I had no intention of blogging tonight. I should be on my way to bed, it’s an early start tomorrow. But I read Outward Hounds latest and it reminded me of why I have stuck this blogging mularky for so long. There are bloggers out there whose writing is sublime. Their pages may not garner as many hits, likes or comments as others, but bloody hell, it’s amazing to be able freely to read their output.
I love the way that the internet has put me in touch with people from the other side of the world, people who I shall probably never meet, never have a conversation with other than via the keyboard, yet with whom there is a connection. Thank-you Tim Berners-Lee.
The novel I am reading is The Gap of Time by Jeannette Winterson. A year or so ago Celia and I trekked across London to the rarified heights of Notting Hill to hear her speak about the book, part of the Shakespeare 400 celebrations. I think I may have blogged about it. Anyway it was amazing. Less a reading than a performance. I decided then and there that I wanted to read her version of A Winter’s Tale. So now I am. It’s not her best book, and I am a fan of her early work, but it has its moments. I am two thirds of the way through my library copy. For a writer who is so precise, I find some of it quite rushed, quite crude, as though she hadn’t the time to rewrite and smooth out her prose. But she is obviously enjoying herself as she writes, and I think that is what has kept me reading.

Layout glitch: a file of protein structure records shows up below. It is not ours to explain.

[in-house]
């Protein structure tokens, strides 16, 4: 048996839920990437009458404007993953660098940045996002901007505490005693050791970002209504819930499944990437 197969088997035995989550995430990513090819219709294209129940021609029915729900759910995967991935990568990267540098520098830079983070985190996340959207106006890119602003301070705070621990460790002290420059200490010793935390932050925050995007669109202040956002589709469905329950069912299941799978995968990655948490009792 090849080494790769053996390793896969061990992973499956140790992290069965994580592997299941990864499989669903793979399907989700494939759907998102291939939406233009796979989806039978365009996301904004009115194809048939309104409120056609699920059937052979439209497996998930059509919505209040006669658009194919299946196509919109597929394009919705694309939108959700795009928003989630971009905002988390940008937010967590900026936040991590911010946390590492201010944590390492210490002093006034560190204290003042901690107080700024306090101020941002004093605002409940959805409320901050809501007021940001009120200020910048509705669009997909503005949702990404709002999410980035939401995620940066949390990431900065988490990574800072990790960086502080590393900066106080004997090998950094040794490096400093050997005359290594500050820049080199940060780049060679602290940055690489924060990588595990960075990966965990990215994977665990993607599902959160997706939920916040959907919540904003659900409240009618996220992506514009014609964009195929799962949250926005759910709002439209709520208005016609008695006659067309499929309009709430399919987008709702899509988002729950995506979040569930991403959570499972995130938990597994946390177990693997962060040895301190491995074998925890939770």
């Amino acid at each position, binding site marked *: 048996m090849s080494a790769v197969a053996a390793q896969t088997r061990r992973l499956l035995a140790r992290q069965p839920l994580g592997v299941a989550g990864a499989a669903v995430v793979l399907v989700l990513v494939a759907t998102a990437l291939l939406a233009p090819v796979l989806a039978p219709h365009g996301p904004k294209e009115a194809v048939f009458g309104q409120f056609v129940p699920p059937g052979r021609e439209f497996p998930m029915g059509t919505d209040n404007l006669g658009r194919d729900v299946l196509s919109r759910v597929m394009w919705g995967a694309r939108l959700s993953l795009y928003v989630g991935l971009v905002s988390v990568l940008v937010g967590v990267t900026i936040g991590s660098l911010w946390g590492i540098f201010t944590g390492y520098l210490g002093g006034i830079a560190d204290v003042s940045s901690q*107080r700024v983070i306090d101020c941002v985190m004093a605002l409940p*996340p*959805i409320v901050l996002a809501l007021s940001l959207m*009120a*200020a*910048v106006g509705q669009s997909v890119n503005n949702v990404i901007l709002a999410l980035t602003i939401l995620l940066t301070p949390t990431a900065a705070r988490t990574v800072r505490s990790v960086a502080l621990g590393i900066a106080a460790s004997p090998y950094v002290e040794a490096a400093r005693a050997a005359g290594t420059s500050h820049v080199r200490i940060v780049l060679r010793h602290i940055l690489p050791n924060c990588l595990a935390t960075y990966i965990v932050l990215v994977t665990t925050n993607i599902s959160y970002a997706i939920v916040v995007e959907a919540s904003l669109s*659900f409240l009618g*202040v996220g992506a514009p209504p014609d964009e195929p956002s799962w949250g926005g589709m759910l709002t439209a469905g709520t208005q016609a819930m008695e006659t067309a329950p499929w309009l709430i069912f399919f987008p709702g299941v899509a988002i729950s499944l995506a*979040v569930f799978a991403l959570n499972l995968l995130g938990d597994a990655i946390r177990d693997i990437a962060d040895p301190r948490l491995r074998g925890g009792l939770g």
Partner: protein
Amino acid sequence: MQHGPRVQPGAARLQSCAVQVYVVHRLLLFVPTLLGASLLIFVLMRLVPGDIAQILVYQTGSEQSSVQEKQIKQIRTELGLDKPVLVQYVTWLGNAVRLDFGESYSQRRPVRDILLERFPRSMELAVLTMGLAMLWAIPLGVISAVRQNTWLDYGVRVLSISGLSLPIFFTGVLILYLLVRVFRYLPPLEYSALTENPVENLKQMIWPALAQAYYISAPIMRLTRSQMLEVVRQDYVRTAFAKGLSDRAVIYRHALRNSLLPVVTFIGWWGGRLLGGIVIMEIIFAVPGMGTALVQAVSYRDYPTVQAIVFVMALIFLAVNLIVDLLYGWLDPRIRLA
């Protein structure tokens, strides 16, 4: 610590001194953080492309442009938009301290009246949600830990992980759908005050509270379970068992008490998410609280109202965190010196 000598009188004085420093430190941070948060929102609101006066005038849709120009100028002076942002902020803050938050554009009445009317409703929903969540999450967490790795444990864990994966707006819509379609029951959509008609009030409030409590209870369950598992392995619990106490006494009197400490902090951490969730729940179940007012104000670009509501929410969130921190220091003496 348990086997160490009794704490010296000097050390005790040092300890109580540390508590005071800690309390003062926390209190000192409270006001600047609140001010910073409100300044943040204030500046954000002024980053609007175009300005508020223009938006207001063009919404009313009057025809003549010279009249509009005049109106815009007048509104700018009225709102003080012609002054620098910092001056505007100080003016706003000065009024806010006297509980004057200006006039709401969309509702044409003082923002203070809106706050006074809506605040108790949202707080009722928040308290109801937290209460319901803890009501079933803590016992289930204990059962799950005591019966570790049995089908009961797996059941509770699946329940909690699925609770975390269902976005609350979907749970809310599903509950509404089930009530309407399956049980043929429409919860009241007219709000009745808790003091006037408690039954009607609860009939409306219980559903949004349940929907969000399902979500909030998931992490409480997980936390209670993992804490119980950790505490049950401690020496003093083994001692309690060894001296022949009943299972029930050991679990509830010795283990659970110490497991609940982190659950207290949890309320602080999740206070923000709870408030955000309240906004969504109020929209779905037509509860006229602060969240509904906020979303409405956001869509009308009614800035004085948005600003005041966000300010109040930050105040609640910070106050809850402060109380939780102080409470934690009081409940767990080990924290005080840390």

All the same, I am looking forward to starting one of my other two library books, one by Kate Atkinson, the other – inevitably, after The Tidal Zone – by Sarah Moss. Reading is a gift. Novelists are spinners of dreams and articulators of hopes and fears. I cannot imagine what it is not to read, not to immerse myself in a story well told, to have that parallel world to dip in and out of.
Yet today I met up with someone who was a friend when work was rough. She sews, does amazing embroidery, creates wonders from nothing. She also works as a play specialist in a leading teaching hospital in London. She told me about a child, a very sick child, who does not want to hear stories, who has no interest in reading. We sat with our coffees between us, unable to understand what had happened to that child to cut her off from stories. Because stories are what make us human. They are how we explain and understand the world. Obviously not the only way. My friend’s needlework is another. I gave her a box of cloth hankies and she has made them into a blind. She has promised me a photo. She has also developed an app for children in hospital who are unable to speak. I haven’t downloaded it yet, but I had a play on her ‘phone. It’s free, just look for Amelia’s Little Heart, or maybe paediatric communication. We both thought it could be something that could be adapted for people with learning difficulties or those with dementia.
We live in an amazing world and at an amazing time. It’s worth remembering that when we look at Brexit and Putin and Trump. They and their supporters do not own the future.